Squash world No 1 Nouran Gohar has a favourite quote – “everything in life that you want to achieve has a price”.
The 25-year-old Egyptian has been an overwhelming force on the PSA Tour for the past two seasons, reaching an astonishing 21 finals from 24 tournaments contested since the start of her 2021-2022 campaign.
She’s currently enjoying her 86th week – and 12th in a row – at the top of the world rankings and is set to kick off her 2023-24 term at the newly-introduced Paris Squash platinum tournament, which will be staged in the shadows of the Eiffel Tower at the Palais de Tokyo starting this Sunday.
Bringing an unrelenting physicality to the game, and showcasing supreme mental strength that allows her to deliver at pretty much every event she takes part in, Gohar has managed to put together one of the most dominant two-season stretch of results across all of sport.
And while she enters her new campaign brimming with confidence, she is also quick to note how much of a toll that kind of consistency can take, both on her body, and on her mind.
“What people say is true, being in the top is lonely, you can feel very lonely some days and you can feel very exhausted, not just physically, but also mentally,” Gohar told The National from her home in Connecticut, where she lives with her husband – professional fencer and recent World Championship bronze medallist Ziad Elsissy.
“Mentally it takes a lot, a lot, a lot. You’re going to be burnt out, that’s something that’s going to happen no matter what. But you need to learn when to stop, or what to do to refresh your mind. And figure out a balance. Mentally it’s very demanding.”
‘Learning’ has been a key ingredient to Gohar’s ascent.
The Cairene exploded on to the international squash scene from her early teen years and by 19, was ranked No 2 in the world, while also pursuing a construction engineering degree at the American University in Cairo.
Straight out of high school, Gohar was offered multiple athletic scholarships from reputable schools in the US, like Harvard and UPenn, but she opted for a gap year during which she played professionally and shot to No 8 in the world before getting into university.
Eventually Gohar set her heart on competing and going to college at home at the same time, knowing that Cairo was where
Almost everyone was against her decision to do both, and even her coach at the time threatened to stop working with her if she went to university. But a defiant Gohar was adamant she could handle it.
“I wanted to prove a point because everyone kept saying that, ‘If you want to be a professional squash player, you can only be a professional squash player’. And that was something that was driving me crazy,” she recalls.
“I’m not defined as a squash player, I can be more than that.
“At the time I told my mum, ‘I’m going to graduate while being world No 1’, which happened actually. I graduated December 2020, and July 2020 I was world No 1.”
That’s not to say the three-and-a-half-year period between getting to No 2 and No 1 in the world wasn’t challenging. Things got so tough at some points that Gohar considered taking a break from squash or quitting altogether.
“It was horrible,” Gohar says with a laugh, reflecting on her journey from No 2 in 2017 to the top three years later.
“When I reached world No 2, I was so, so young. I was just like a happy kid. I go beat anyone in front of me and the older players are scared of me and there was no pressure whatsoever. I’m going on court and I just want to play.”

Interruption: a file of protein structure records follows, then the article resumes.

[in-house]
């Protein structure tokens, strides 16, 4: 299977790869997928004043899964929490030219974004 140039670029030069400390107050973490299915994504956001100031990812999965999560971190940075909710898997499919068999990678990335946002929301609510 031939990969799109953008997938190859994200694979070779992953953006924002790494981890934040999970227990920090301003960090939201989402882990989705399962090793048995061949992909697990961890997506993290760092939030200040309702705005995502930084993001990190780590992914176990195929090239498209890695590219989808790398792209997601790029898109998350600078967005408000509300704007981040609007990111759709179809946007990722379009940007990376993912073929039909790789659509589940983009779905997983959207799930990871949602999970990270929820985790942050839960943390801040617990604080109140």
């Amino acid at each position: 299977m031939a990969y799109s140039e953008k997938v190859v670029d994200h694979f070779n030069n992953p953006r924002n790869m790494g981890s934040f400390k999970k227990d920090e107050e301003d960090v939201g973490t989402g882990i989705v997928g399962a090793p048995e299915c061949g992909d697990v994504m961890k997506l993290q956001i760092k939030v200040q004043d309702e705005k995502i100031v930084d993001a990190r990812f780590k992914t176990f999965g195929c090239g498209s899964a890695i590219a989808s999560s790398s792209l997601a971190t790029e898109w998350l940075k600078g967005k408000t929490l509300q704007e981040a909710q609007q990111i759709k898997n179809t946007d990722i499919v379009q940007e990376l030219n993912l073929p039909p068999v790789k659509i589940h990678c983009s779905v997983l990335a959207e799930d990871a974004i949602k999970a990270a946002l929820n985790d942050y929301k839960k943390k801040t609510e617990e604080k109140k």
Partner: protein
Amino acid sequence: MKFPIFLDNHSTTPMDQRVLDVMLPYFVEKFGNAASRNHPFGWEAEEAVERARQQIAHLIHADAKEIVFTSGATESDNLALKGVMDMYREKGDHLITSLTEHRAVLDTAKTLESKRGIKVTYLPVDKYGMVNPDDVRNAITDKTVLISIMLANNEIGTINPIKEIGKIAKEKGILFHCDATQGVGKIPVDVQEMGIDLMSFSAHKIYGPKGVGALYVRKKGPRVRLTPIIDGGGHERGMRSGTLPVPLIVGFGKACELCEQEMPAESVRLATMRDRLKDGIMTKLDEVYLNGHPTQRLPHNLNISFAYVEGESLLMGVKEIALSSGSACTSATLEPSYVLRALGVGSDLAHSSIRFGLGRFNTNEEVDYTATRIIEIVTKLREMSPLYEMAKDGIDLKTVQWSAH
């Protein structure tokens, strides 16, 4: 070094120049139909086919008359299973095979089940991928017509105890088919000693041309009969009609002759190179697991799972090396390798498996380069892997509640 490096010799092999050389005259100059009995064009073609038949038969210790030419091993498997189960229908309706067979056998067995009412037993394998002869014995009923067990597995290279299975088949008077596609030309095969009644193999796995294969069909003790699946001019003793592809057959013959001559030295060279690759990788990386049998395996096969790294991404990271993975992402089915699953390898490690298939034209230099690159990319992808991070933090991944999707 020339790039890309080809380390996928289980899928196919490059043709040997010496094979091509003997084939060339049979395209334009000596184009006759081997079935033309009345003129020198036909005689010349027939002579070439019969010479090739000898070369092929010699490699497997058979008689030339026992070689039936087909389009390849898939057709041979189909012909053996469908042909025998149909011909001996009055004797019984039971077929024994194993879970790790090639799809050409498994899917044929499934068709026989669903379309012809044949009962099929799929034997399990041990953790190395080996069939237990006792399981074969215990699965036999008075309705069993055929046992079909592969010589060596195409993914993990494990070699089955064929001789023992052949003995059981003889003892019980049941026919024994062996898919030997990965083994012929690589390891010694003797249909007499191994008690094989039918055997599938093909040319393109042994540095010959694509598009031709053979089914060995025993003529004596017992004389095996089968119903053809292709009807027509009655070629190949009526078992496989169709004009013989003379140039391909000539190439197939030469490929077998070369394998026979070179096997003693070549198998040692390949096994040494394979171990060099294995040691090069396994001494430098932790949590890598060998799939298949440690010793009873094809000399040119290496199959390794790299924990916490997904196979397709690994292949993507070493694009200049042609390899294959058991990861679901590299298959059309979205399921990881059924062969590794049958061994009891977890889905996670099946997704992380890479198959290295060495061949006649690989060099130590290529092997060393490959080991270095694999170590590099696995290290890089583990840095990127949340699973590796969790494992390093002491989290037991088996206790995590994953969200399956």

There were expectations from the outside with everyone tipping Gohar to be the next big superstar of the sport but she wasn’t paying much attention to any of that.
“Then suddenly I started losing to people I shouldn’t be losing to,” she says. “It’s like you were on a cloud and suddenly reality hits.
“It was hard for me at the time to accept losing to begin with. What is losing? Why would I lose?”
In retrospect, Gohar realises she was simply too young at the time and lacked experience. She remembers dropping from No 2 to No 8 in the world halfway through her university years and in the process, she lost her passion for the sport.
“I hit rock bottom in one of the years, I wasn’t enjoying squash at all,” she admits. “It was hard. But looking back at it, I think that’s what made me the person I am today.
“I learnt so, so much during those years, mainly how to appreciate what I have. Because at that time I didn’t know how big what I have was. I was like, ‘I’m world No 2, whatever’. But during those three years, I would have died to clinch back that spot.”
Some great mentorship from the legendary Amr Shabana during the 2018 World Team Championship helped Gohar gain perspective and she ended up playing an important role in helping Egypt defeat England in the final. It proved a major turning point for the Cairo-native.
She lost in the US Open first round after that but a year later, she walked away from the very same tournament as a champion. She learnt to focus on making little improvements every day and recaptured her love for squash.
When Gohar clinched the top ranking for the first time in 2020, at the age of 22, she lost it fairly quickly but this time she did not panic. She had experience under her belt now.
“The first time I became world No 1, I felt like the place was too big for me, it’s like trying on clothes that are too big and don’t fit,” she says.
“But then I became world No 1 again a year later and that’s when actually I felt like I earned it. I had won four Platinum events in a row, so I felt like, ‘That’s my place right now’. I’ve proven more than once that I belong to this place.”
She may feel like she belongs but accepting defeat remains a work in progress for Gohar. Despite her incredible results this past season, her losses in the finals of the World Championship and the British Open still leave a bitter taste in her mouth.